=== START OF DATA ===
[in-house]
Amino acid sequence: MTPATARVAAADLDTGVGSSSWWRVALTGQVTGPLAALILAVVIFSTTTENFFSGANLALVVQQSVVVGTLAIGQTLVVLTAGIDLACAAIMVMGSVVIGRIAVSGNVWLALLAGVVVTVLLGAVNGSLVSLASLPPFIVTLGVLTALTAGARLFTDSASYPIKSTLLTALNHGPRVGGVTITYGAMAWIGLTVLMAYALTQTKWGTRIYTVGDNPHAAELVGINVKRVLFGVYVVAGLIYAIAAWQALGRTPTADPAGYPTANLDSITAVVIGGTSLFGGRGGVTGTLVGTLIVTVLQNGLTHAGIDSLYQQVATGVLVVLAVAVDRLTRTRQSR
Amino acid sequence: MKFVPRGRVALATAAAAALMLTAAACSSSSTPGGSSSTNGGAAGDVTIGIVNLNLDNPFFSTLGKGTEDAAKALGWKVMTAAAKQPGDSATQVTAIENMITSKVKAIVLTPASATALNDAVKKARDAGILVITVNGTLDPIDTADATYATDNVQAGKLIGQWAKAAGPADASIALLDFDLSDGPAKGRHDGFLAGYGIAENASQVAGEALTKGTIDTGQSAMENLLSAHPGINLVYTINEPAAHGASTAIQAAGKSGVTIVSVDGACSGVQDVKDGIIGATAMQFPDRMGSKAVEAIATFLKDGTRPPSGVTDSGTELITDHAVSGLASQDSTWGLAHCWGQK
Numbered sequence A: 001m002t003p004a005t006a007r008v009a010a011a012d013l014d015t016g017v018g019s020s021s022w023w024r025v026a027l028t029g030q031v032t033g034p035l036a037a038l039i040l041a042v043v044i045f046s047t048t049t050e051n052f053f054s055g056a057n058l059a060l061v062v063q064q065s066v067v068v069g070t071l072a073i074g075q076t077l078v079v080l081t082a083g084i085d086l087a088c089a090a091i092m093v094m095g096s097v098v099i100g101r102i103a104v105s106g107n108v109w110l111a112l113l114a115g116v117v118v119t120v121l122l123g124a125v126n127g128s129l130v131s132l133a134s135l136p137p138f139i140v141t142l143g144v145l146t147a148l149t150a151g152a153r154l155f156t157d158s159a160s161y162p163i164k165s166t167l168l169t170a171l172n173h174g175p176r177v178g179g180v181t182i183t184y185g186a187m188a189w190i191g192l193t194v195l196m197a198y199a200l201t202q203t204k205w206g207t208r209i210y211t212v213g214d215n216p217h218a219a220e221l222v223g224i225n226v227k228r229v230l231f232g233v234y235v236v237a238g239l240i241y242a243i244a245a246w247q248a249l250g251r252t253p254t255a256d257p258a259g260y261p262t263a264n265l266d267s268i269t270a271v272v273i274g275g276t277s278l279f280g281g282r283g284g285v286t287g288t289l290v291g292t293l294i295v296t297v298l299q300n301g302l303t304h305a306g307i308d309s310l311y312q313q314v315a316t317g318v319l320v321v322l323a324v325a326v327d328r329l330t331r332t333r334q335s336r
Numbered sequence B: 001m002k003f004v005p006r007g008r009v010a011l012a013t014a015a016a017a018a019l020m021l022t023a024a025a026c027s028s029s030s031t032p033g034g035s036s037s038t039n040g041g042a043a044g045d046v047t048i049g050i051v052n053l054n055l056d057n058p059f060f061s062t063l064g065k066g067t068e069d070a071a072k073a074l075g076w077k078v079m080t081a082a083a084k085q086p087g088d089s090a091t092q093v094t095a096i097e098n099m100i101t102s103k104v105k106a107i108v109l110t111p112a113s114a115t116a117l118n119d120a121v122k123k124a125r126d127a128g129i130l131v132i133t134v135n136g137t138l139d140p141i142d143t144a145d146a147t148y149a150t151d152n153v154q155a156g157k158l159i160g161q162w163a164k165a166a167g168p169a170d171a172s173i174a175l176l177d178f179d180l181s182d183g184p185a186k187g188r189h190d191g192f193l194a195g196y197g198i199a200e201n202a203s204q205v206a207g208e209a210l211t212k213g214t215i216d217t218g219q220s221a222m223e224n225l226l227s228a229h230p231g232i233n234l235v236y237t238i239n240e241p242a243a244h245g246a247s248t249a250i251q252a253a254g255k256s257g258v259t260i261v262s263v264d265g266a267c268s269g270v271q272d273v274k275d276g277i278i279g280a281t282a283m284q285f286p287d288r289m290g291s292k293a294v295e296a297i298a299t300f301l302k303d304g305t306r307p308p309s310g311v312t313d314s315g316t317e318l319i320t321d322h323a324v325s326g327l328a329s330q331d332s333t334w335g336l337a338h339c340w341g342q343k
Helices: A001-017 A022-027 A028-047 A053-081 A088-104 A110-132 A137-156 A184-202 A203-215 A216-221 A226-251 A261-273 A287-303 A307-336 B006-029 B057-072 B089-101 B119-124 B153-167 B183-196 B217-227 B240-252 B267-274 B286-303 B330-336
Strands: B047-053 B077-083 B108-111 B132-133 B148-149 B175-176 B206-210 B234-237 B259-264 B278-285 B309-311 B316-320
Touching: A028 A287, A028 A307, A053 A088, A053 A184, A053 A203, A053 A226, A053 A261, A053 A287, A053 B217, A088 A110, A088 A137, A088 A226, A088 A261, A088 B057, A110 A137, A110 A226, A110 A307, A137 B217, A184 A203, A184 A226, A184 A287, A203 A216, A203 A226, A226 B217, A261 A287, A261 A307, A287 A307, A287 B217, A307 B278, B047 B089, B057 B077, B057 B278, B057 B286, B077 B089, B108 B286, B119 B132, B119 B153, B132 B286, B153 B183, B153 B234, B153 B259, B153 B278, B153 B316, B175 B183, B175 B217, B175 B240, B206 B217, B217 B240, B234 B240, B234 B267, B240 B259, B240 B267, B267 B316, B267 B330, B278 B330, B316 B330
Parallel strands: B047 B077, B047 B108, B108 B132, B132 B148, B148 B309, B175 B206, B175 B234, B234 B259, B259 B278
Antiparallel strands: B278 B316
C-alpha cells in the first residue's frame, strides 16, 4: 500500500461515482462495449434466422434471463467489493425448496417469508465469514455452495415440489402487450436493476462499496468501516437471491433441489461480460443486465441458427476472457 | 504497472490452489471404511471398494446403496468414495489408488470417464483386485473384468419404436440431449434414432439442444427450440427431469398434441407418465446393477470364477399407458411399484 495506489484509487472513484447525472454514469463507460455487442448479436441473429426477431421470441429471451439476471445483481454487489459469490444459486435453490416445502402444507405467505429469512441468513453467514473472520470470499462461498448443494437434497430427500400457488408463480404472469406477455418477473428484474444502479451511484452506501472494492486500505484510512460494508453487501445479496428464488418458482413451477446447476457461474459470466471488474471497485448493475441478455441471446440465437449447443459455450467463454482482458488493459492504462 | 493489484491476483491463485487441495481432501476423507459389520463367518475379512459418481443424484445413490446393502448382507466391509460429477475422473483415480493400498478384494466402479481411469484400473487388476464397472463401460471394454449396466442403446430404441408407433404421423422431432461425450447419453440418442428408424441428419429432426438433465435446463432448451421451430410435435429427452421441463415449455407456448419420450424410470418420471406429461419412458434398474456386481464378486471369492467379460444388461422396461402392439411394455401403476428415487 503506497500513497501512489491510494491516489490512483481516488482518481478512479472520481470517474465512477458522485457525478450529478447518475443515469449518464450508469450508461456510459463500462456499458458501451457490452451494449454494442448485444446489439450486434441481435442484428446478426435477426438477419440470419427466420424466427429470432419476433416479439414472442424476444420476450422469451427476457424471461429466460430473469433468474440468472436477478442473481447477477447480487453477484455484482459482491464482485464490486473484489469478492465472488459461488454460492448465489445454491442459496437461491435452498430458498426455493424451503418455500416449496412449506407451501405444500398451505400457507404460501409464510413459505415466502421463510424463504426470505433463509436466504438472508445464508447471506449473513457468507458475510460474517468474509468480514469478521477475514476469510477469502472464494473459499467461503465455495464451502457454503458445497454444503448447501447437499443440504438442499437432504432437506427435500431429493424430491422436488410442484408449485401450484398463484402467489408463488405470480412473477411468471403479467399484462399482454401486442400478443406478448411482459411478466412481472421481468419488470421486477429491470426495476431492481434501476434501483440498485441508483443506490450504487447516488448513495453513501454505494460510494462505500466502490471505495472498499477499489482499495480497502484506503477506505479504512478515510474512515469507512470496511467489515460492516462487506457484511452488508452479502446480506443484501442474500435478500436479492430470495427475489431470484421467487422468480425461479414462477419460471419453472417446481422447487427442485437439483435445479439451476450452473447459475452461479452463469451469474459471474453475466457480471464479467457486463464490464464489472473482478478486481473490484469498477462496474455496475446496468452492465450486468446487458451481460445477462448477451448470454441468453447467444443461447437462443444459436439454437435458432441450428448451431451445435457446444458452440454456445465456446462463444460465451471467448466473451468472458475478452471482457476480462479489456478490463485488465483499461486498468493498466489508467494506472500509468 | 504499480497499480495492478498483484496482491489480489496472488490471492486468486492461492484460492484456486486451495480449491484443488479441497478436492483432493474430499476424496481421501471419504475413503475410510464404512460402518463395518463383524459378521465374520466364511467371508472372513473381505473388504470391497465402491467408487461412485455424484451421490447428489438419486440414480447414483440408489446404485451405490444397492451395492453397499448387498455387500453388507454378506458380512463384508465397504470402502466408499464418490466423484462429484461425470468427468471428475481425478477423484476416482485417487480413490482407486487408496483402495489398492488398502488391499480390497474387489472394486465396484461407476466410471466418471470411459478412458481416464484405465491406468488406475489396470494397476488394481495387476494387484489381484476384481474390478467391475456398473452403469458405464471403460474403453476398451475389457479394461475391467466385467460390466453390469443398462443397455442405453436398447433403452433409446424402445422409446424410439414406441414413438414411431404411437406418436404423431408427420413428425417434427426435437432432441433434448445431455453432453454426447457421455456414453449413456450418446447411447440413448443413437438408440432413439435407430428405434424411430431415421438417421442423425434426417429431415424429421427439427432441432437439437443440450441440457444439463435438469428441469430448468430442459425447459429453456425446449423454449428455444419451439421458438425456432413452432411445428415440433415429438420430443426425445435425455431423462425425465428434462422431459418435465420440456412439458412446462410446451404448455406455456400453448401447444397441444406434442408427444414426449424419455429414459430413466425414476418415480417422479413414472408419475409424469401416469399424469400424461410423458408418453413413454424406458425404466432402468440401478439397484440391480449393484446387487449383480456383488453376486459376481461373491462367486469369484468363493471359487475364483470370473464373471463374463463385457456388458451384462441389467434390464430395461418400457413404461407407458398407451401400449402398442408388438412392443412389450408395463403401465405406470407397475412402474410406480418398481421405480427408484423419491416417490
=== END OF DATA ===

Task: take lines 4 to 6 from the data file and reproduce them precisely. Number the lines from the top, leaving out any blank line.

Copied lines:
Numbered sequence A: 001m002t003p004a005t006a007r008v009a010a011a012d013l014d015t016g017v018g019s020s021s022w023w024r025v026a027l028t029g030q031v032t033g034p035l036a037a038l039i040l041a042v043v044i045f046s047t048t049t050e051n052f053f054s055g056a057n058l059a060l061v062v063q064q065s066v067v068v069g070t071l072a073i074g075q076t077l078v079v080l081t082a083g084i085d086l087a088c089a090a091i092m093v094m095g096s097v098v099i100g101r102i103a104v105s106g107n108v109w110l111a112l113l114a115g116v117v118v119t120v121l122l123g124a125v126n127g128s129l130v131s132l133a134s135l136p137p138f139i140v141t142l143g144v145l146t147a148l149t150a151g152a153r154l155f156t157d158s159a160s161y162p163i164k165s166t167l168l169t170a171l172n173h174g175p176r177v178g179g180v181t182i183t184y185g186a187m188a189w190i191g192l193t194v195l196m197a198y199a200l201t202q203t204k205w206g207t208r209i210y211t212v213g214d215n216p217h218a219a220e221l222v223g224i225n226v227k228r229v230l231f232g233v234y235v236v237a238g239l240i241y242a243i244a245a246w247q248a249l250g251r252t253p254t255a256d257p258a259g260y261p262t263a264n265l266d267s268i269t270a271v272v273i274g275g276t277s278l279f280g281g282r283g284g285v286t287g288t289l290v291g292t293l294i295v296t297v298l299q300n301g302l303t304h305a306g307i308d309s310l311y312q313q314v315a316t317g318v319l320v321v322l323a324v325a326v327d328r329l330t331r332t333r334q335s336r
Numbered sequence B: 001m002k003f004v005p006r007g008r009v010a011l012a013t014a015a016a017a018a019l020m021l022t023a024a025a026c027s028s029s030s031t032p033g034g035s036s037s038t039n040g041g042a043a044g045d046v047t048i049g050i051v052n053l054n055l056d057n058p059f060f061s062t063l064g065k066g067t068e069d070a071a072k073a074l075g076w077k078v079m080t081a082a083a084k085q086p087g088d089s090a091t092q093v094t095a096i097e098n099m100i101t102s103k104v105k106a107i108v109l110t111p112a113s114a115t116a117l118n119d120a121v122k123k124a125r126d127a128g129i130l131v132i133t134v135n136g137t138l139d140p141i142d143t144a145d146a147t148y149a150t151d152n153v154q155a156g157k158l159i160g161q162w163a164k165a166a167g168p169a170d171a172s173i174a175l176l177d178f179d180l181s182d183g184p185a186k187g188r189h190d191g192f193l194a195g196y197g198i199a200e201n202a203s204q205v206a207g208e209a210l211t212k213g214t215i216d217t218g219q220s221a222m223e224n225l226l227s228a229h230p231g232i233n234l235v236y237t238i239n240e241p242a243a244h245g246a247s248t249a250i251q252a253a254g255k256s257g258v259t260i261v262s263v264d265g266a267c268s269g270v271q272d273v274k275d276g277i278i279g280a281t282a283m284q285f286p287d288r289m290g291s292k293a294v295e296a297i298a299t300f301l302k303d304g305t306r307p308p309s310g311v312t313d314s315g316t317e318l319i320t321d322h323a324v325s326g327l328a329s330q331d332s333t334w335g336l337a338h339c340w341g342q343k
Helices: A001-017 A022-027 A028-047 A053-081 A088-104 A110-132 A137-156 A184-202 A203-215 A216-221 A226-251 A261-273 A287-303 A307-336 B006-029 B057-072 B089-101 B119-124 B153-167 B183-196 B217-227 B240-252 B267-274 B286-303 B330-336